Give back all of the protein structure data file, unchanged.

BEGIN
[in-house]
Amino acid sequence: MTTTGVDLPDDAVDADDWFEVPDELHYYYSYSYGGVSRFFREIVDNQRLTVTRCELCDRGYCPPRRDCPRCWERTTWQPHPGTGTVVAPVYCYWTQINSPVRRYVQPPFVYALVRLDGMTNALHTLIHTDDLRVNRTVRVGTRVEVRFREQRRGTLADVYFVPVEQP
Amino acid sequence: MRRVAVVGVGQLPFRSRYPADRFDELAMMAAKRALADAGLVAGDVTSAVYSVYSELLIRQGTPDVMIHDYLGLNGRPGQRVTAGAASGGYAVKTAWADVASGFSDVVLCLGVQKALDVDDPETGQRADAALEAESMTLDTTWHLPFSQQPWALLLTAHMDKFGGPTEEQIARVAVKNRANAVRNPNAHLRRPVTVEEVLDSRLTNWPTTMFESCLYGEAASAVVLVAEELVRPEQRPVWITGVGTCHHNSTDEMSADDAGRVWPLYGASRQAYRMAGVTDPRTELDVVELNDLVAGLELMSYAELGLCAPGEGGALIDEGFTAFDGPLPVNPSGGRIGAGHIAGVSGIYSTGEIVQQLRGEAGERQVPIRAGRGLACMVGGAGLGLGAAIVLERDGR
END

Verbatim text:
[in-house]
Amino acid sequence: MTTTGVDLPDDAVDADDWFEVPDELHYYYSYSYGGVSRFFREIVDNQRLTVTRCELCDRGYCPPRRDCPRCWERTTWQPHPGTGTVVAPVYCYWTQINSPVRRYVQPPFVYALVRLDGMTNALHTLIHTDDLRVNRTVRVGTRVEVRFREQRRGTLADVYFVPVEQP
Amino acid sequence: MRRVAVVGVGQLPFRSRYPADRFDELAMMAAKRALADAGLVAGDVTSAVYSVYSELLIRQGTPDVMIHDYLGLNGRPGQRVTAGAASGGYAVKTAWADVASGFSDVVLCLGVQKALDVDDPETGQRADAALEAESMTLDTTWHLPFSQQPWALLLTAHMDKFGGPTEEQIARVAVKNRANAVRNPNAHLRRPVTVEEVLDSRLTNWPTTMFESCLYGEAASAVVLVAEELVRPEQRPVWITGVGTCHHNSTDEMSADDAGRVWPLYGASRQAYRMAGVTDPRTELDVVELNDLVAGLELMSYAELGLCAPGEGGALIDEGFTAFDGPLPVNPSGGRIGAGHIAGVSGIYSTGEIVQQLRGEAGERQVPIRAGRGLACMVGGAGLGLGAAIVLERDGR